Khampepe report ‘a sobering moment’ for Stellenbosch University

The rector and vice-chancellor of Stellenbosch University, professor Wim de Villiers, has received the final report of the Independent Commission Inquiry into Allegations of Racism at the institution.

The report, which was released on Tuesday, was commissioned by a retired judge of the Constitutional Court, Sisi Khampepe.

In June, Khampepe was appointed as commissioner to lead the inquiry and table the recommendations to improve the culture of diversity, equity, and inclusion at the university.

De Villiers said the university is studying the report and will communicate the findings and the subsequent plan of action and the way forward as soon as everything is finalised.

“The report of the Khampepe Commission, with its findings and recommendations, is a tipping point for Stellenbosch University. In appointing the commission and requesting the inquiry, the university made itself vulnerable and exposed itself to possible criticism. However, with a view to the future, we regard this commission as an important investment in the wellness of our university,” said De Villiers.

“We are in a process of studying the report and we fully engage with the findings and recommendations. This is a top priority for the university.”

Racial incidents rocked the university in May when a first-year law student Theuns du Toit entered 20-year-old Babalo Ndwayana’s Huis Marais room in the early hours of a Sunday morning and urinated on his study desk.

Asked by Ndwayana why he was doing that, Du Toit is said to have responded: “This is what we do to black boys.”

Ndwayana filmed the incident and the footage went viral on social media. Calls followed for Du Toit to be expelled from the institution.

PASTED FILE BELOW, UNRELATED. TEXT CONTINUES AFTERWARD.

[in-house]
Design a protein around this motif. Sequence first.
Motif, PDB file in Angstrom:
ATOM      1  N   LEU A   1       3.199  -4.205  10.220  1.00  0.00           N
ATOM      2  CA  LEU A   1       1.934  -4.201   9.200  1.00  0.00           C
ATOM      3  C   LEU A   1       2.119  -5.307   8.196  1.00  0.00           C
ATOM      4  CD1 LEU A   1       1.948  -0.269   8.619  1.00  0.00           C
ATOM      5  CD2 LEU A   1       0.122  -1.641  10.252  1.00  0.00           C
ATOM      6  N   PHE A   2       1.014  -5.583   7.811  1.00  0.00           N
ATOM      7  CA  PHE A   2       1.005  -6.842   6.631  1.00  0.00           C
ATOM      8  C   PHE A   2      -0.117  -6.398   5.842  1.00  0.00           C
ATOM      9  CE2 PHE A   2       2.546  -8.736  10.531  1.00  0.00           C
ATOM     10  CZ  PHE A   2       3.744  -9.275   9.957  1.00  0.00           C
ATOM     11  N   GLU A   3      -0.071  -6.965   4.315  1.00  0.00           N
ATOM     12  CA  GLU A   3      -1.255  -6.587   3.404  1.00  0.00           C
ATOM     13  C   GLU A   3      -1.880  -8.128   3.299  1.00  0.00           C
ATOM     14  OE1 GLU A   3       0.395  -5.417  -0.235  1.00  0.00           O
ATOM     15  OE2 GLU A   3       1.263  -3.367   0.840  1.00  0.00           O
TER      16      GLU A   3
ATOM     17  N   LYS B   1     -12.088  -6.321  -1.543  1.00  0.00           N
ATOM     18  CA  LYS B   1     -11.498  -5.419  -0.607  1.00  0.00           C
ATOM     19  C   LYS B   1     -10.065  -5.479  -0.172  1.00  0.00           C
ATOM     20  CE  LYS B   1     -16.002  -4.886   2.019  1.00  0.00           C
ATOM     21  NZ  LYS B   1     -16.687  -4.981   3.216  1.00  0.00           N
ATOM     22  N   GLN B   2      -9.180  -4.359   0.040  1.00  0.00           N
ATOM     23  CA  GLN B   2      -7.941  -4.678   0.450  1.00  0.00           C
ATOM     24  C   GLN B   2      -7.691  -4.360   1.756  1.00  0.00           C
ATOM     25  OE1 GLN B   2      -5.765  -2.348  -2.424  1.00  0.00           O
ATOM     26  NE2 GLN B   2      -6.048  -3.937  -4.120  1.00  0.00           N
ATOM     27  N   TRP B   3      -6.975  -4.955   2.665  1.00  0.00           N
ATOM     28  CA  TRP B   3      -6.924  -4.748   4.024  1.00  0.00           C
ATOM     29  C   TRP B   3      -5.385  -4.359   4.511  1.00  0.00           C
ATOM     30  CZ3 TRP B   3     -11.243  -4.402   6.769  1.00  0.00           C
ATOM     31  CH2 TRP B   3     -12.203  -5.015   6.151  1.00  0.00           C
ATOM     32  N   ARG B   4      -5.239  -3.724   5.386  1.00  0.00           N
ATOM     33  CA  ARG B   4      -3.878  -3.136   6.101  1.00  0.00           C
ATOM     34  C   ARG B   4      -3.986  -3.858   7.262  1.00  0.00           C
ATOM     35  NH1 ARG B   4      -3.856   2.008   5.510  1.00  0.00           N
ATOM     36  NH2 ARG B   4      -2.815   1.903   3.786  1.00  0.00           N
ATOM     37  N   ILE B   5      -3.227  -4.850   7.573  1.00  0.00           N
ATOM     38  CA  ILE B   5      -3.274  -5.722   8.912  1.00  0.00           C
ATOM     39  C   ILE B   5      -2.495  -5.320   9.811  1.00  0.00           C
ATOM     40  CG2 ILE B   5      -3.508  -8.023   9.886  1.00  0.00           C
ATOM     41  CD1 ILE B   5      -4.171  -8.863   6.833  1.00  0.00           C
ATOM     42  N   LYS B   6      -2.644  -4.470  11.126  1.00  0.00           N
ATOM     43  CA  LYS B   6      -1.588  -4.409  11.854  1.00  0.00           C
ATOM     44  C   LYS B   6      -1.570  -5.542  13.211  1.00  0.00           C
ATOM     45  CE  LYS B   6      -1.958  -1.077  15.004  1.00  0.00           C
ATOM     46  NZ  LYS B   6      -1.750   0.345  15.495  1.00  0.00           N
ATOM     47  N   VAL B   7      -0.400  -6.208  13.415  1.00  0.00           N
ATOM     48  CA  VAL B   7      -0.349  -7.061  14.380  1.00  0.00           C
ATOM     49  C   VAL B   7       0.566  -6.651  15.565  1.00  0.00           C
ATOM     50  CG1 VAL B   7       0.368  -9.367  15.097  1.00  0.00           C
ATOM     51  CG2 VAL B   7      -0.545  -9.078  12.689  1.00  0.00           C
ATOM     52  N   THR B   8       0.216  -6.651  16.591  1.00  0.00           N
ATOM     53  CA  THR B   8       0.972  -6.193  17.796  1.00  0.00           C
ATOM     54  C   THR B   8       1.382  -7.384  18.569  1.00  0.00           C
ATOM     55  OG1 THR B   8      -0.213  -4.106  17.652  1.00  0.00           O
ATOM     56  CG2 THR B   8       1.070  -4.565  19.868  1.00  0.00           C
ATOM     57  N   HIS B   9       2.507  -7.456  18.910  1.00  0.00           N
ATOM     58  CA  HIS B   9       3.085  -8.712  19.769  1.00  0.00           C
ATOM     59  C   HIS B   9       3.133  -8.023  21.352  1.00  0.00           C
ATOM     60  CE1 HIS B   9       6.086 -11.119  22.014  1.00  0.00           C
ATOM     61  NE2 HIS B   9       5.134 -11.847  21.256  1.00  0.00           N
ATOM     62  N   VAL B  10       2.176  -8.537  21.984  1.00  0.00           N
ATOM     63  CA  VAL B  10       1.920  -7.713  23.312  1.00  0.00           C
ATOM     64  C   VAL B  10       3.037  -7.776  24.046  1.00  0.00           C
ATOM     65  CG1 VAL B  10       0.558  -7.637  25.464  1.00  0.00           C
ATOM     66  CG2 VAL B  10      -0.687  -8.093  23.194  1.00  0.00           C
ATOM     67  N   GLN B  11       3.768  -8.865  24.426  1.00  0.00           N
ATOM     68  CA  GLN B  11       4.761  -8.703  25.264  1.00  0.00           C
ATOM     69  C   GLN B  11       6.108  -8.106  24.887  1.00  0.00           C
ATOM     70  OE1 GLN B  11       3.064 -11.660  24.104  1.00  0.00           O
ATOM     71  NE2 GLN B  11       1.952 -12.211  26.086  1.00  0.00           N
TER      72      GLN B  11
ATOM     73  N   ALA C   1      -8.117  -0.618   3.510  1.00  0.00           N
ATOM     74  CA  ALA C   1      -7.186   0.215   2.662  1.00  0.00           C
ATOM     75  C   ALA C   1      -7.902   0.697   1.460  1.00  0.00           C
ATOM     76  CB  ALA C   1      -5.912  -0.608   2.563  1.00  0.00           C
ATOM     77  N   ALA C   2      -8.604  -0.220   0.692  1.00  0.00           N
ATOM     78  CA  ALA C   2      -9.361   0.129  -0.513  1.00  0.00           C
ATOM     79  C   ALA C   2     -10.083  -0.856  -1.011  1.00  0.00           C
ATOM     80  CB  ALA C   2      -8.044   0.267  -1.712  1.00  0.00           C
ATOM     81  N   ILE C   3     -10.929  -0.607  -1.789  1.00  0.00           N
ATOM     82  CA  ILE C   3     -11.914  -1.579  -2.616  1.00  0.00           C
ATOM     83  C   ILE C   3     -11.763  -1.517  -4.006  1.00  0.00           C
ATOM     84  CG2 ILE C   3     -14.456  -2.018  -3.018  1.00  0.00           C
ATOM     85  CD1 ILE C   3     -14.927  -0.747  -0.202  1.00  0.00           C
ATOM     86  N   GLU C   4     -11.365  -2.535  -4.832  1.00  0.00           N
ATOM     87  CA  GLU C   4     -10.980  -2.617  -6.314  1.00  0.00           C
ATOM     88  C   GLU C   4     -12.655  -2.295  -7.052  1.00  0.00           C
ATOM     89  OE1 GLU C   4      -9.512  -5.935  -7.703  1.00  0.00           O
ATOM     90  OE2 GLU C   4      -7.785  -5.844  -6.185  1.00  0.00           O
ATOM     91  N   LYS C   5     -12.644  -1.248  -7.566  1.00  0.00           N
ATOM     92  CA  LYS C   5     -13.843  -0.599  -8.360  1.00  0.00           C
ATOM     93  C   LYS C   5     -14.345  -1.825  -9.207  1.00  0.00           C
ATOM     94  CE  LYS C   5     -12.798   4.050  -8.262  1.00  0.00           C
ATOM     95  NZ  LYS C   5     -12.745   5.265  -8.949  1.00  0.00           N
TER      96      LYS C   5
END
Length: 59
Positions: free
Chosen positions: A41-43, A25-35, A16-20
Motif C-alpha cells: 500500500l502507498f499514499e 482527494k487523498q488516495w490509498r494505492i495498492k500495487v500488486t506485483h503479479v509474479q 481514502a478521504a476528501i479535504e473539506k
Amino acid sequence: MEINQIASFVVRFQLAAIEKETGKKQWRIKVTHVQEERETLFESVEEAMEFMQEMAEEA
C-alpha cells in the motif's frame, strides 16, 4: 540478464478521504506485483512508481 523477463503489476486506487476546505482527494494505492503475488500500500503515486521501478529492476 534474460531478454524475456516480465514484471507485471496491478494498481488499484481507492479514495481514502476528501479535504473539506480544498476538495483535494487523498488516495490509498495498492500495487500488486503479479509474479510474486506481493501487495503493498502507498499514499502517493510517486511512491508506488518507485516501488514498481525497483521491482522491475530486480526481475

Du Toit was suspended from the university and expelled from the residence. Ndwayana initially forgave him, but with pressure from his father and South Africans he laid criminal charges against Du Toit.

Sunday World reported at the time that the university had dealt with 42 cases of racism/discrimination between 2016 and 2021 after its spokesperson, Martin Viljoen, laid bare measures put in place to prevent racial exclusion and to ensure transformation.

Viljoen said the university is guided by its Vision 2040 and values, which include excellence, compassion, equity, respect, and accountability. Viljoen further told Sunday World that the policy on unfair discrimination and harassment and the student disciplinary code, as well as corresponding codes for staff guide acceptable behaviour.

He said: “The equality unit looks at various categories of transgressions. In terms of alleged discrimination, there were three cases in 2016; 16 in 2017; 13 in 2017; three in 2019; seven in 2020 and 0 in 2021 – with varying outcomes.

“There have been no dismissals of staff for racism or race-related conduct in the last five years [2017-2021]. With regard to students, only one student was expelled in 2017.”

He added, however, that the institution takes “a zero-tolerance approach to racism, discrimination, prejudice, and violence on campus”.

“As communicated before, we want to strengthen existing and implement new comprehensive measures to combat such violations and continue to improve those measures on an ongoing basis.

“The Stellenbosch University leadership is sensitive to the wellbeing of the entire student and staff community, and the impact of such incidents on our university community.”

Khampepe’s report is a hard pill to swallow for the institution. De Viliers said it is a “sobering moment”, as they have come to a realisation that in fact black students and staff members have been feeling unwelcomed at the institution despite measures enforced thus far.

“This is a sobering moment for the university. It is evident that black staff members and students do not feel welcome here, despite our deliberate transformation efforts to date.

“We must face the reality that there is a gap between our intentions with regard to various transformation initiatives and the implementation thereof. We have to work hard to align our institutional commitments with what is happening in practice and on the ground level.

“Although there is much in the report for the university to take heart from, specific fault lines have also been identified. There is a lot of work to do across Stellenbosch University, in the interest of all our students and staff, in the sincere spirit of being welcoming and inclusive.

“Justice Khampepe made various recommendations that we are now studying deeper. We will evaluate the findings and implement action plans to address the areas for improvement as identified in the commission’s recommendations,” said De Villiers.